Presbyterian Women: a pioneering movement for women of the church, an historical organization with over 200 years of dedicated service, and the missional heart of so many congregations.
The legacy of PW is one of strong advocacy on behalf of the hungry, the poor, and the un-churched. As a young clergy woman I owe so much to those women who, when they first organized as a mission society in the early 1800s, defied societal and church conventions by confronting the norm that women should remain at home. These women felt a call from God to ministry, to evangelism, and to mission. They knew what God was calling them to do and they were bound and determined to follow that call even if it meant ruffling a few feathers. They still are.
With a history like that it is no surprise that the signature determination of a PW woman would make her a force to be reckoned with in any church. Any pastor worth their salt knows this important truth—it is always better to have the Presbyterian Women in your corner than the other way around.
When I hear the words “Presbyterian Women,” I conjure images of women my grandmother’s age in Indiana resolutely rolling out homemade pasta noodles with arthritic hands to sell at the preschool fundraiser. I see those rummage sale piles of sorted clothes and books and, let’s face it—junk, that tireless women seem to effortlessly turn into funds for the annual building maintenance. I think of countless lectures, bible studies, luncheons, and quilting circles that make up the life of Presbyterian Women around the country.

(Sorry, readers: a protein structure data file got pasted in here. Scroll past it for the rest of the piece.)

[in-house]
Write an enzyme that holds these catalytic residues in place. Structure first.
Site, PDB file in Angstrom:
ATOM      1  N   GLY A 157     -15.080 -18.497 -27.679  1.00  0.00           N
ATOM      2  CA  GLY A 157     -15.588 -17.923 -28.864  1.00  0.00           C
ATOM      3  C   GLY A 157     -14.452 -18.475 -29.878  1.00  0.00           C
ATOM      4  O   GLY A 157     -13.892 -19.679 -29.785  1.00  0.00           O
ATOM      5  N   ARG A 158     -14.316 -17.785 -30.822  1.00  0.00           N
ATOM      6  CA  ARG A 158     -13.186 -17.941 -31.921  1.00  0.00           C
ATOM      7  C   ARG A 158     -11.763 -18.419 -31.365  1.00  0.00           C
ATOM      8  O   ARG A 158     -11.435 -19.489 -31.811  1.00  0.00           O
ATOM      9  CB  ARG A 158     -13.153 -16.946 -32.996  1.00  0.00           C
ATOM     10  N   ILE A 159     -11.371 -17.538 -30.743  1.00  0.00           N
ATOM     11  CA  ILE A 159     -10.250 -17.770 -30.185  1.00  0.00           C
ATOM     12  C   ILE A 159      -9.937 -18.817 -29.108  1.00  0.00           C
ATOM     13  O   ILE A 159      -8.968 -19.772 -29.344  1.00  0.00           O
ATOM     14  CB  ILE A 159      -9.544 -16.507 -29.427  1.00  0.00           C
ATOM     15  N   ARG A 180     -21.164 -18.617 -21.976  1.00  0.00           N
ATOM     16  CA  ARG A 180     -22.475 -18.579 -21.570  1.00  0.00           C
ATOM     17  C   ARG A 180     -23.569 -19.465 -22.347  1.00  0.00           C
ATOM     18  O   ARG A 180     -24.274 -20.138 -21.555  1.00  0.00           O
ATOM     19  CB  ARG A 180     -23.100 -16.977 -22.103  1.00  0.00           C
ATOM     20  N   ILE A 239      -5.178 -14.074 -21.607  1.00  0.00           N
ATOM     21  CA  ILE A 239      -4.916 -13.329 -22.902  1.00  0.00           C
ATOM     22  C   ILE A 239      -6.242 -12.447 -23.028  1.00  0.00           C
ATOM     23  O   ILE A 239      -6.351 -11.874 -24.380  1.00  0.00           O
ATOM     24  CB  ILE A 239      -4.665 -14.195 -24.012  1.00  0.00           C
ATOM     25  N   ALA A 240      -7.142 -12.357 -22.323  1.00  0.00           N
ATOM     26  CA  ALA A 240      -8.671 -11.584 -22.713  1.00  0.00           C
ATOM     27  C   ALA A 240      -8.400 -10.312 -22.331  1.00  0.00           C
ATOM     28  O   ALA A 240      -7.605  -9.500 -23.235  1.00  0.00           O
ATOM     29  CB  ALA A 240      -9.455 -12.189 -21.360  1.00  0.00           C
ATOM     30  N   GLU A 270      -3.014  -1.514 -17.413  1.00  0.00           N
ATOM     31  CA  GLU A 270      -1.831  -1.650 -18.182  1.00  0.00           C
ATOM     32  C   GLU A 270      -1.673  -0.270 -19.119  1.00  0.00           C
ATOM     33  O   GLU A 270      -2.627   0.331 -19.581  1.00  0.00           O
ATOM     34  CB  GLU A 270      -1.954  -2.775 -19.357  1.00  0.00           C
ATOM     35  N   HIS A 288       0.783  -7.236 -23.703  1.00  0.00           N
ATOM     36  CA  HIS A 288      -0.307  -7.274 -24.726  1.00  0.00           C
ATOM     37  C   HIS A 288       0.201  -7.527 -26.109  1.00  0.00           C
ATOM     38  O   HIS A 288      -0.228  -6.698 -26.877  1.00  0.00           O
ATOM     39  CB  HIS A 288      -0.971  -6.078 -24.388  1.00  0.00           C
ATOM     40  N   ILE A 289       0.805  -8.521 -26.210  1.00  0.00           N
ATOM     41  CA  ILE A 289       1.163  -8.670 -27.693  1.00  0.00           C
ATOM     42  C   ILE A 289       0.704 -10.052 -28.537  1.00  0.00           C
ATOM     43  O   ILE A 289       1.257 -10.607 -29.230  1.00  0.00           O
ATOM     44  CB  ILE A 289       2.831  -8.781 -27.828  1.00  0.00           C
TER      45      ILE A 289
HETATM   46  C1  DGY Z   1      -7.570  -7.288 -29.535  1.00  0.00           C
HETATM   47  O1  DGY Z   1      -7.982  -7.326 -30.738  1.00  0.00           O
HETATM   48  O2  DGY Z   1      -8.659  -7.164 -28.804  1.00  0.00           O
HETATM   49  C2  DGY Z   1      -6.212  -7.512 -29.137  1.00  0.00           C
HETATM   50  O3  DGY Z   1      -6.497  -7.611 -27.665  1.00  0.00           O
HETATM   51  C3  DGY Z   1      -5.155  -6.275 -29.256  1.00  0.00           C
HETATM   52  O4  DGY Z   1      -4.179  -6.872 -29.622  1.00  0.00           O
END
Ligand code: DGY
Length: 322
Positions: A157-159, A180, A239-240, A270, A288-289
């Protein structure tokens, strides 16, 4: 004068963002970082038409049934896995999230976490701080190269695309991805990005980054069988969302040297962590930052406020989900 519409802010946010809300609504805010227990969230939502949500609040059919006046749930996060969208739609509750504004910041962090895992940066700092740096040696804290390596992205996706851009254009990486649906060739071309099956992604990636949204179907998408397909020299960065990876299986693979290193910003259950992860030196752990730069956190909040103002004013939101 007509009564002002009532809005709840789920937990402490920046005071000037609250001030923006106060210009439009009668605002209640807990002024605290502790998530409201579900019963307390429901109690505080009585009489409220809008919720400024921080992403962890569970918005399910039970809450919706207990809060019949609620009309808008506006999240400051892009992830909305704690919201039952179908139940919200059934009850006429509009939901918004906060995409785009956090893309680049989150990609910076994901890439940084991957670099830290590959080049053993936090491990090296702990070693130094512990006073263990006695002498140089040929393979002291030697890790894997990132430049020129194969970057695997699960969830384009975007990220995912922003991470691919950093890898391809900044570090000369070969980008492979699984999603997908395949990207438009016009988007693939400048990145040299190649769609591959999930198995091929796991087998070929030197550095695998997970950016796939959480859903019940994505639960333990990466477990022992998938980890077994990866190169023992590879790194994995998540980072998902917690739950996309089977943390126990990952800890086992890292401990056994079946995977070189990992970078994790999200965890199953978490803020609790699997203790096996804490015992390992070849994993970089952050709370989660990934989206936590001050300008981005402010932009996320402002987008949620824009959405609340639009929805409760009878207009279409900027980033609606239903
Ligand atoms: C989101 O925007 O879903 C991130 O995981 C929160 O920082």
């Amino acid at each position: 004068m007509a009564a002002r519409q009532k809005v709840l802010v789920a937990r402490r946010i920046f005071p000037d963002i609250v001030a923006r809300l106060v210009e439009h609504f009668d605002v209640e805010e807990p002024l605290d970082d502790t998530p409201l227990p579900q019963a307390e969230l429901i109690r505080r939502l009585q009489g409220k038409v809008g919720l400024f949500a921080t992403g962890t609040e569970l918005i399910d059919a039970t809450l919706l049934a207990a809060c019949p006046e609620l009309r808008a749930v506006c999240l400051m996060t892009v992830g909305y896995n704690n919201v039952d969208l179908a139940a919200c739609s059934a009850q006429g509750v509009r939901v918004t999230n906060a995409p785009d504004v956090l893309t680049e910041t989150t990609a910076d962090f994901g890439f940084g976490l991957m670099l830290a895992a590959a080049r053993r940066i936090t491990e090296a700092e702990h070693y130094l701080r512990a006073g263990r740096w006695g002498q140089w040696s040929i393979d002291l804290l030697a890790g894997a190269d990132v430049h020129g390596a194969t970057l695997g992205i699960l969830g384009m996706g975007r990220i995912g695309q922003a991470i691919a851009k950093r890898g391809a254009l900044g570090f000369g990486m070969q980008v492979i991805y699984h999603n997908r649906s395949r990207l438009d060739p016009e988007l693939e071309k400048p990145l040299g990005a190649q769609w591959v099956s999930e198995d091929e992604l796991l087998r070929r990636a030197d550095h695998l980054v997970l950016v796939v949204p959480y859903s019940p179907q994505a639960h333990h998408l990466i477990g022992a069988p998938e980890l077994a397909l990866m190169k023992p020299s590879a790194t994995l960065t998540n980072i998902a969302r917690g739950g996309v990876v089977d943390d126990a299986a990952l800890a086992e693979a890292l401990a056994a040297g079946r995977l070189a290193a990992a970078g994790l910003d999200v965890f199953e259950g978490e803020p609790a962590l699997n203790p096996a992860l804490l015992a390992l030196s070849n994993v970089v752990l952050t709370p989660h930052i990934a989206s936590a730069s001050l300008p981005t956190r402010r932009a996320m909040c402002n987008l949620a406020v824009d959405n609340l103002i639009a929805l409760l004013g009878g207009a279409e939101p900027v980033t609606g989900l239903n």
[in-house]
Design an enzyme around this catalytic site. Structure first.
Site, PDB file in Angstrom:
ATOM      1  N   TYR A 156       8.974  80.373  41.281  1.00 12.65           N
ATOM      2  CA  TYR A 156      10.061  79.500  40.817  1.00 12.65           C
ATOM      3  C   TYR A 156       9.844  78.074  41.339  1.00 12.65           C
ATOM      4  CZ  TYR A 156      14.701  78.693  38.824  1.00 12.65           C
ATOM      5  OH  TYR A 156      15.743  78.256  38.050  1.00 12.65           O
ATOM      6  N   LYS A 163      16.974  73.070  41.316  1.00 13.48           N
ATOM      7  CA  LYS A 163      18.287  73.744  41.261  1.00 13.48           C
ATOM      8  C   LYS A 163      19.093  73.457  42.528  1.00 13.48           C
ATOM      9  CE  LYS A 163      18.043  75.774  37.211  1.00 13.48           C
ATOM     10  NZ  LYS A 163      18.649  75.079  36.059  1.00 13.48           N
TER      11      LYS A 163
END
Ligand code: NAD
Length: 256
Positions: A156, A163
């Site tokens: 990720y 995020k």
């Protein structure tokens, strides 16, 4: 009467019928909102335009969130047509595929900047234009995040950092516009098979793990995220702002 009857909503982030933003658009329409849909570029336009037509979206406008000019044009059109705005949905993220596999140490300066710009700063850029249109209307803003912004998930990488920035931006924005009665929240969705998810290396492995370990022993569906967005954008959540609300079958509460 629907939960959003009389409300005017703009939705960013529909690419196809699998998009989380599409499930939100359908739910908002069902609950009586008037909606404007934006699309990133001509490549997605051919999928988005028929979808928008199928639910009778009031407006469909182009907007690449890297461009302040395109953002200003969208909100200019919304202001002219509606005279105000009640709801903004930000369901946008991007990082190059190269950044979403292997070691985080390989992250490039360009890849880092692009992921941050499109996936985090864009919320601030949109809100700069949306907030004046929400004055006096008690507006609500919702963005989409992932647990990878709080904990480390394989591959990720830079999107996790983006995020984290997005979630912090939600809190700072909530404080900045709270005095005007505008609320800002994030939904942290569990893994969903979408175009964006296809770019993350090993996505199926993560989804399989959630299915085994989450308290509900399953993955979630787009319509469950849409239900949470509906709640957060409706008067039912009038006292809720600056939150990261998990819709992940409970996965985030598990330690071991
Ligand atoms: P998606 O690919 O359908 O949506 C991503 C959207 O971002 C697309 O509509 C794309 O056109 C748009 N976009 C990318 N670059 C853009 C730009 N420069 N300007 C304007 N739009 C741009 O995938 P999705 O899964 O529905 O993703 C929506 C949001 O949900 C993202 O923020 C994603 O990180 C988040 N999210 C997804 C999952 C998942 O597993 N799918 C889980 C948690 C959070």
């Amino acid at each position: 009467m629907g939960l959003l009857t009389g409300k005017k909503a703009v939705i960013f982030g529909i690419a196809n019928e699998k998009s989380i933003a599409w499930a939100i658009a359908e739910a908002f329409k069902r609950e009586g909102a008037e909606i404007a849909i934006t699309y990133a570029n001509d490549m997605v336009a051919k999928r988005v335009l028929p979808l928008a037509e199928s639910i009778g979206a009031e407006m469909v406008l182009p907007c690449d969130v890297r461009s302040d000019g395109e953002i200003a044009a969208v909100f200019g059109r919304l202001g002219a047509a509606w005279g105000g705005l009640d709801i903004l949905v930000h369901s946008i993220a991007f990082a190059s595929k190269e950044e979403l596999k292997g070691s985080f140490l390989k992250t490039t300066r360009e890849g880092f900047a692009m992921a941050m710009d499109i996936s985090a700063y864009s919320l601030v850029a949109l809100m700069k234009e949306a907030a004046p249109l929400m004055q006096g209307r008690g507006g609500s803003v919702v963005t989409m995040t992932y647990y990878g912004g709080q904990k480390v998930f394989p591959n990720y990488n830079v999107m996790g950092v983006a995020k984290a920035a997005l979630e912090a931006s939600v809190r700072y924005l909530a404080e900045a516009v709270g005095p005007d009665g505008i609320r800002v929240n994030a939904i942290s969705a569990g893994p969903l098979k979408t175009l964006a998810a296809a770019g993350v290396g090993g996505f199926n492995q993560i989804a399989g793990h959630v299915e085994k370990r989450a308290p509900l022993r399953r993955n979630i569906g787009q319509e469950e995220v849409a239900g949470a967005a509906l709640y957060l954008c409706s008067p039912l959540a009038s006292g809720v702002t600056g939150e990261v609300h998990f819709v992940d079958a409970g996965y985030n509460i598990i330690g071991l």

But I also see worry. I feel the anxiety that amid the changing tides of what it means to be church in a new era that the tried and true ways of being women, of being Presbyterian Women, may be changing. I see the frustration well up in their eyes when they tell me stories of how those luncheons and bake sales used to be full of crying babies and playing children. I hear their disappointment that the younger women of the church do not seem to be interested in homemade noodles and midweek luncheons.
I wish I could figure out how to convey to them how much we need them—how much women in their twenties struggling with student loans need to hear someone who has made it to 80 tell them they can do it. Or how many new mothers, who spend their days feeling guilty that they are at work rather than at home with their baby, need another mother to pray for them. I cannot convey how much we need their examples of what it means to be Presbyterian, of what it means to be women, of what it means to be followers of Christ.
But despite our need for each other the lines just don’t seem to connect. It can be like we are speaking different languages. Like how “Come to the luncheon on Tuesday!” just sounds like “Why can’t you be two places at once?” to a working mom, or how “Can you join our committee?” just sounds like “Do you have the money for four extra nights of childcare this month?”
Sheryl Sandberg in her recent book has invited women of the upcoming generations to “lean in,” at the workplace. Something that she acknowledges is only possible with the support of a committed partner and support network. I harbor the secret hope that the women who have gone before us might be the ones to help us figure out how to “lean in” to many aspects of our life including our faith and that they also might be the ones who support us as we do it. But first we have to figure out how to let down the walls built up by mutual disappointment and learn to speak the same language. We are all Presbyterian Women after all—and that is a lifelong bond.
Caitlin Thomas Deyerle is a Lake Fellow Resident at Second Presbyterian Church in Indianapolis, Indiana.